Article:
|US6271913||30 Jun 1998||7 Ago 2001||Lj Laboratories, Llc||Apparatus and method for measuring optical characteristics of an object|
|US6301004||31 May 2000||9 Oct 2001||Lj Laboratories, L.L.C.||Apparatus and method for measuring optical characteristics of an object|
|US6307629||12 Mar 1999||23 Oct 2001||Lj Laboratories, L.L.C.||Apparatus and method for measuring optical characteristics of an object|
|US6316284||7 Sep 2000||13 Nov 2001||Xerox Corporation||Infrared correction in color scanners|
|US6337472||19 Oct 1998||8 Ene 2002||The University Of Texas System Board Of Regents||Light imaging microscope having spatially resolved images|
|US6362888||13 Jun 2001||26 Mar 2002||Lj Laboratories, L.L.C.||Spectrometer assembly|
|US6373573||13 Mar 2000||16 Abr 2002||Lj Laboratories L.L.C.||Apparatus for measuring optical characteristics of a substrate and pigments applied thereto|
|US6381017||1 Oct 2001||30 Abr 2002||Lj Laboratories, L.L.C.||Apparatus and method for measuring optical characteristics of an object|
|US6414750||8 Jun 2001||2 Jul 2002||Lj Laboratories, L.L.C.||Spectrometric apparatus and method for measuring optical characteristics of an object|
|US6417917||8 Ene 2001||9 Jul 2002||Lj Laboratories, Llc||Apparatus and method for measuring optical characteristics of an object|
|US6418805||18 Nov 1999||16 Jul 2002||Textron Systems Corporation||Constituent sensing system|
|US6420708||22 Feb 2001||16 Jul 2002||Wilks Enterprise, Inc.||Spectroscopy analyzer using a detector array|
|US6424416||25 Oct 1999||23 Jul 2002||Textron Systems Corporation||Integrated optics probe for spectral analysis|
|US6449041||23 Nov 1998||10 Sep 2002||Lj Laboratories, Llc||Apparatus and method for measuring optical characteristics of an object|
|US6457644 *||29 Sep 2000||1 Oct 2002||Ncr Corporation||Item checkout device including a bar code data collector and a produce data collector|
|US6490038||15 Sep 1999||3 Dic 2002||Lj Laboratories Llc||Apparatus and method for measuring optical characteristics of an object|
|US6501542||30 Jun 1998||31 Dic 2002||Lj Laboratories, Llc||Apparatus and method for measuring optical characteristics of an object|
|US6519037||1 Jun 2001||11 Feb 2003||Lj Laboratories, Llc||Spectrometer having optical unit including a randomized fiber optic implement|
|US6534769 *||31 Dic 1999||18 Mar 2003||Ge Medical Systems Information Technologies, Inc.||Low cost main stream gas analyzer system|
|US6538726||3 Jun 2002||25 Mar 2003||Lj Laboratories, Llc||Apparatus and method for measuring optical characteristics of an object|
|US6570654||25 Abr 2002||27 May 2003||Lj Laboratories Llc||Apparatus and method for measuring optical characteristics of an object|
|US6573984||2 Ago 2001||3 Jun 2003||Lj Laboratories Llc||Apparatus and method for measuring optical characteristics of teeth|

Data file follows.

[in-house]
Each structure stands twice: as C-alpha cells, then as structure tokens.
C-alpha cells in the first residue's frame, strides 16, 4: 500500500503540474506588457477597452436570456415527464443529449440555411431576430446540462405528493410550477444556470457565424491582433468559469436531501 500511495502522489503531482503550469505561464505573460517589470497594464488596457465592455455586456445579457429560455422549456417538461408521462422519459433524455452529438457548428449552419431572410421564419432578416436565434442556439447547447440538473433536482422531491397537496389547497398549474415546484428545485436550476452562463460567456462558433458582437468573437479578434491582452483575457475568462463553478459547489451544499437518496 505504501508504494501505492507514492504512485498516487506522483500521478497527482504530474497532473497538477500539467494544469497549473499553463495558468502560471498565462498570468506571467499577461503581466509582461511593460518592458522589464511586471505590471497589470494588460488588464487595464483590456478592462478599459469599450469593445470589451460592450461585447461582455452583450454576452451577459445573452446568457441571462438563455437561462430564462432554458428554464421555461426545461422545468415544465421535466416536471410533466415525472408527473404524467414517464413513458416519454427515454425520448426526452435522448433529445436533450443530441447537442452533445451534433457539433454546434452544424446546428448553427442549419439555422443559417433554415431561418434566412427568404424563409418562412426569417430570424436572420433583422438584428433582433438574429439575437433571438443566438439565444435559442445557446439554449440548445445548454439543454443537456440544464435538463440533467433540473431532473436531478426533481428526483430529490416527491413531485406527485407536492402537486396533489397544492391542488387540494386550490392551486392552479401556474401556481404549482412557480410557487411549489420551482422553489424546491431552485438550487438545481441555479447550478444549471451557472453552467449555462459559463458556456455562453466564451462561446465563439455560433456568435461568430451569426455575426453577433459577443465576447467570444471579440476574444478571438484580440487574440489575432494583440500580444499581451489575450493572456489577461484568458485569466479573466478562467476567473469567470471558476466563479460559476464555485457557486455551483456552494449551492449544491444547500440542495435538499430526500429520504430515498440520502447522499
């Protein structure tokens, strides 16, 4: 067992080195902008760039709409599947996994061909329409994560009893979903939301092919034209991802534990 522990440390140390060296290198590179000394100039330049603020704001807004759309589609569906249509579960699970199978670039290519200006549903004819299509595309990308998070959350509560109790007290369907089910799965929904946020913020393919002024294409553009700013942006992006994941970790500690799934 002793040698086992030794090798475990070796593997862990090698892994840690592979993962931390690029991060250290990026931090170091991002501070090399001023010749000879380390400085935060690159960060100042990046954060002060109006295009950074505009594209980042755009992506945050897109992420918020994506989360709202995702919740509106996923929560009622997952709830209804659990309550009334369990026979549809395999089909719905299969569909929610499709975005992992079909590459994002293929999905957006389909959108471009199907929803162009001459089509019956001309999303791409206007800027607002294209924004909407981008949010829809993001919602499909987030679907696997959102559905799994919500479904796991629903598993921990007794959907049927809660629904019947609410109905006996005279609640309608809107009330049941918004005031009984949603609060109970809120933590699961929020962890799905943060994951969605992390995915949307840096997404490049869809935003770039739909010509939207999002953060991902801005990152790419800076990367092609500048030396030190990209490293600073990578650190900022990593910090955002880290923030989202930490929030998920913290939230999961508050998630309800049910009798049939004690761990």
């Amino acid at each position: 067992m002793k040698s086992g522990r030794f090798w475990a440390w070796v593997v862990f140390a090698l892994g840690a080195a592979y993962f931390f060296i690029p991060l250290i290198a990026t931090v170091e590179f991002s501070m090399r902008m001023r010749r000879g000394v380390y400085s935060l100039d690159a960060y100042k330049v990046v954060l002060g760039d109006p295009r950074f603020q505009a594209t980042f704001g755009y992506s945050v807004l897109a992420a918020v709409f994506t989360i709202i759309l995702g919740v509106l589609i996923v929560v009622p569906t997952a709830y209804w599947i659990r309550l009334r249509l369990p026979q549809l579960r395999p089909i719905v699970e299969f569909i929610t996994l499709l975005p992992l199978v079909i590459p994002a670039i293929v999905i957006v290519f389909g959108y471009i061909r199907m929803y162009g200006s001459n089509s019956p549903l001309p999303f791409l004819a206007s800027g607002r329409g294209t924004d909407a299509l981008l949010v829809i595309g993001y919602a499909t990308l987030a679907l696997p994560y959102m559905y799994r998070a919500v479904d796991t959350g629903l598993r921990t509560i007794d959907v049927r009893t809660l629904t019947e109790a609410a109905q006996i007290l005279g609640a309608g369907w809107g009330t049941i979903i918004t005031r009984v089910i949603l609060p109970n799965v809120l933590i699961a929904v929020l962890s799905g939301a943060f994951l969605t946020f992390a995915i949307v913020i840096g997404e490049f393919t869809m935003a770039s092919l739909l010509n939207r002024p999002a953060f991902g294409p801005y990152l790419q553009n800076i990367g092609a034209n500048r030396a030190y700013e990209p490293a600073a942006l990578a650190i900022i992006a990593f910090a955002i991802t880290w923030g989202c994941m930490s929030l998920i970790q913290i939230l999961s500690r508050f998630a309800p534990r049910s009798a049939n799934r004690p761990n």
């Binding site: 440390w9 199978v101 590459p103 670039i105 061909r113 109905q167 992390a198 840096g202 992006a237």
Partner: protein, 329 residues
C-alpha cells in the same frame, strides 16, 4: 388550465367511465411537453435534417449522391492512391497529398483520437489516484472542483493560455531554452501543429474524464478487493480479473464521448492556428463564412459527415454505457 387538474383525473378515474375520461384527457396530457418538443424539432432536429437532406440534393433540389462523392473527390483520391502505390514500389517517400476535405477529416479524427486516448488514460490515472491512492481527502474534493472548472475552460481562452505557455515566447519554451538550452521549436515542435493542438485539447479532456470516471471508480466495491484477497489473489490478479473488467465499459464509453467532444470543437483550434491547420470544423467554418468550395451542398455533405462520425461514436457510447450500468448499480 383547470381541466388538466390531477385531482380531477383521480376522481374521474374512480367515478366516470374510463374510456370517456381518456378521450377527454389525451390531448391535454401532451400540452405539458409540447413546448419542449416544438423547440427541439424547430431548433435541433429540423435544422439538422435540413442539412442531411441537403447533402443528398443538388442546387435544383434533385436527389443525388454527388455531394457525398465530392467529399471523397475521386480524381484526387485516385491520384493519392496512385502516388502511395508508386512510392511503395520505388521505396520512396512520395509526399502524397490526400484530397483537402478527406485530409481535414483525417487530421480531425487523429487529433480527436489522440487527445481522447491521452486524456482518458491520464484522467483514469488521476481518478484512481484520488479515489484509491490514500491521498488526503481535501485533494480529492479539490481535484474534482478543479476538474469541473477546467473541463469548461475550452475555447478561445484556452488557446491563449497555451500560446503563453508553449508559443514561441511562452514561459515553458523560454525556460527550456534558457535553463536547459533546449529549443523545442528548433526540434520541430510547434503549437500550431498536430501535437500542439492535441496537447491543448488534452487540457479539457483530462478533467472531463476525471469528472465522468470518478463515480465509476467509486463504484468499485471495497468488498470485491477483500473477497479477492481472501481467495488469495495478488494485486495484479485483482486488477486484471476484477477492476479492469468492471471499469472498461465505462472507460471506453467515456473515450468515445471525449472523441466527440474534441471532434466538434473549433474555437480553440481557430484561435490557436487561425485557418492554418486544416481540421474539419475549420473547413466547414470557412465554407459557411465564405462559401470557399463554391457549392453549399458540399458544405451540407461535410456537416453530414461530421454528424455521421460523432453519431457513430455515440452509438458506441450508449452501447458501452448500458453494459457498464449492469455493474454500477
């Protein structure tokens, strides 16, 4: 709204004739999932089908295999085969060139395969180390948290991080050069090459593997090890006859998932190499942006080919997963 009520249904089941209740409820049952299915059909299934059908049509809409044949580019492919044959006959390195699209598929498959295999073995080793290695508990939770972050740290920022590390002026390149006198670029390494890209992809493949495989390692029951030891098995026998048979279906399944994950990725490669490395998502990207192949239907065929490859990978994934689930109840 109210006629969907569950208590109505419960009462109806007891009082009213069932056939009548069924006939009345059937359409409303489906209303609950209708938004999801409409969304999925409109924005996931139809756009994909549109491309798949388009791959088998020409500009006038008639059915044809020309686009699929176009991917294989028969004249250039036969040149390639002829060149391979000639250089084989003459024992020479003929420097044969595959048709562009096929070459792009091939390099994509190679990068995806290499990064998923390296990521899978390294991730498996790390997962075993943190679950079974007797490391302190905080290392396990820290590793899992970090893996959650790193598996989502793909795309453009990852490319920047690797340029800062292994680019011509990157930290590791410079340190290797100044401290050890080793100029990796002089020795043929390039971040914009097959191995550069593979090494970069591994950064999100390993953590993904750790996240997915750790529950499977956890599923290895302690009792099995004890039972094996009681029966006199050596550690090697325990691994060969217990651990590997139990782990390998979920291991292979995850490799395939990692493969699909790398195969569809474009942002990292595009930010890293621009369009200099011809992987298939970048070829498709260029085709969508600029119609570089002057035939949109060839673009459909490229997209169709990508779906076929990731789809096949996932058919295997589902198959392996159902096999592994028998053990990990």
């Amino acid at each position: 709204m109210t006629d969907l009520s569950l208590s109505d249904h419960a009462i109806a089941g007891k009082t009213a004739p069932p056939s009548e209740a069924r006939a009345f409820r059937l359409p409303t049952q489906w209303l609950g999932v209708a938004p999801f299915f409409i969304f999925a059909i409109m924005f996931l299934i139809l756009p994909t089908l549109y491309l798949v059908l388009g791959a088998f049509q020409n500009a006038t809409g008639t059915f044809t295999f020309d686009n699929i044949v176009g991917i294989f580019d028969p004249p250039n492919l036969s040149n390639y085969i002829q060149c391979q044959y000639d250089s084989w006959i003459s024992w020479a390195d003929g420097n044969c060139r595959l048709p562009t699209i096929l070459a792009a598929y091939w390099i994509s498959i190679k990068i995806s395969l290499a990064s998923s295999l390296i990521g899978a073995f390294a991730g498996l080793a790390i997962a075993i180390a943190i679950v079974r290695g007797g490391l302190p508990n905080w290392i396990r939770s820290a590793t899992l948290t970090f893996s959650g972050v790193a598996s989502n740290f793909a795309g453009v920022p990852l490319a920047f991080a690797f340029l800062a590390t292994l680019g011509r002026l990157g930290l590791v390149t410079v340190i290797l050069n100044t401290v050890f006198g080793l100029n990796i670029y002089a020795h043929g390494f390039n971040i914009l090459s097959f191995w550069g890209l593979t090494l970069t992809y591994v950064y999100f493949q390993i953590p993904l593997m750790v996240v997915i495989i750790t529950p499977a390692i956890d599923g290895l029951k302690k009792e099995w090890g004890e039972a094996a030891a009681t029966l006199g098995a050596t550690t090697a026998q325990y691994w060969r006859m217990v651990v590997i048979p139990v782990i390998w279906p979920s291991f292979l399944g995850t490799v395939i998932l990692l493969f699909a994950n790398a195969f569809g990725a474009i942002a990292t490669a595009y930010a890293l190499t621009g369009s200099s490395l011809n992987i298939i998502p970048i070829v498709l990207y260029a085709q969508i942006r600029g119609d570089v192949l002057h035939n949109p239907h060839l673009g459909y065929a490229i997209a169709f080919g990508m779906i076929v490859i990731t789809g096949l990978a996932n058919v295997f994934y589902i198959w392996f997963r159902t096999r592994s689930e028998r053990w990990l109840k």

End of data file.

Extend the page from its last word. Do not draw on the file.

|US6583866||30 May 2002||24 Jun 2003||Lj Laboratories Llc||Spectrometric apparatus and method for measuring optical characteristics of an object|
|US6590660||21 Mar 2002||8 Jul 2003||Lj Laboratories Llc||Apparatus and method for measuring optical characteristics of an object|
|US6690452||18 Abr 2001||10 Feb 2004||Paul A. Wilks, Jr.||Monitor having a polymer internal reflective element|
|US6726476||25 May 2001||27 Abr 2004||Jjl Technologies Llc||Apparatus and method for measuring optical characteristics of teeth|
|US6753966||9 Mar 2001||22 Jun 2004||Textron Systems Corporation||Optical probes and methods for spectral analysis|
|US6757419 *||13 Nov 2000||29 Jun 2004||Ncr Corporation||Imaging system|
|US6768565||7 Sep 2000||27 Jul 2004||Xerox Corporation||Infrared correction in color scanners|
|US6836325||17 Ago 2001||28 Dic 2004||Textron Systems Corporation||Optical probes and methods for spectral analysis|
|US6870616||8 Ago 2002||22 Mar 2005||Jjl Technologies Llc||Spectrometer apparatus for determining an optical characteristic of an object or material having one or more sensors for determining a physical position or non-color property|
|US6888634||22 Nov 2002||3 May 2005||Jjl Technologies Llc||Apparatus and method for measuring optical characteristics of an object|
|US6909548||31 Ene 2002||21 Jun 2005||Jds Uniphase Inc.||Optical filter using a linear variable filter with elliptical beam geometry|
|US6915955||4 Ene 2002||12 Jul 2005||Jjl Technologies Llc||Apparatus for determining multi-bit data via light received by a light receiver and coupled to spectral sensors that measure light in spectral bands|
|US6950189||4 Abr 2003||27 Sep 2005||Jjl Technologies Llc||Apparatus and method for measuring optical characteristics of an object|
|US6954266 *||4 Oct 2002||11 Oct 2005||National Institute Of Advanced Industrial Science And Technology||Method and apparatus for inspecting multilayer masks for defects|
|US6958810||2 Jun 2003||25 Oct 2005||Jjl Technologies Llc||Methods for characterizing gems or precious stones using a probe having a plurality of light receivers|
|US7018204||1 Jun 2001||28 Mar 2006||Jjl Technologies Llc||Methods for determining optical characteristics of dental objects using an imaging element and a spectrometer apparatus|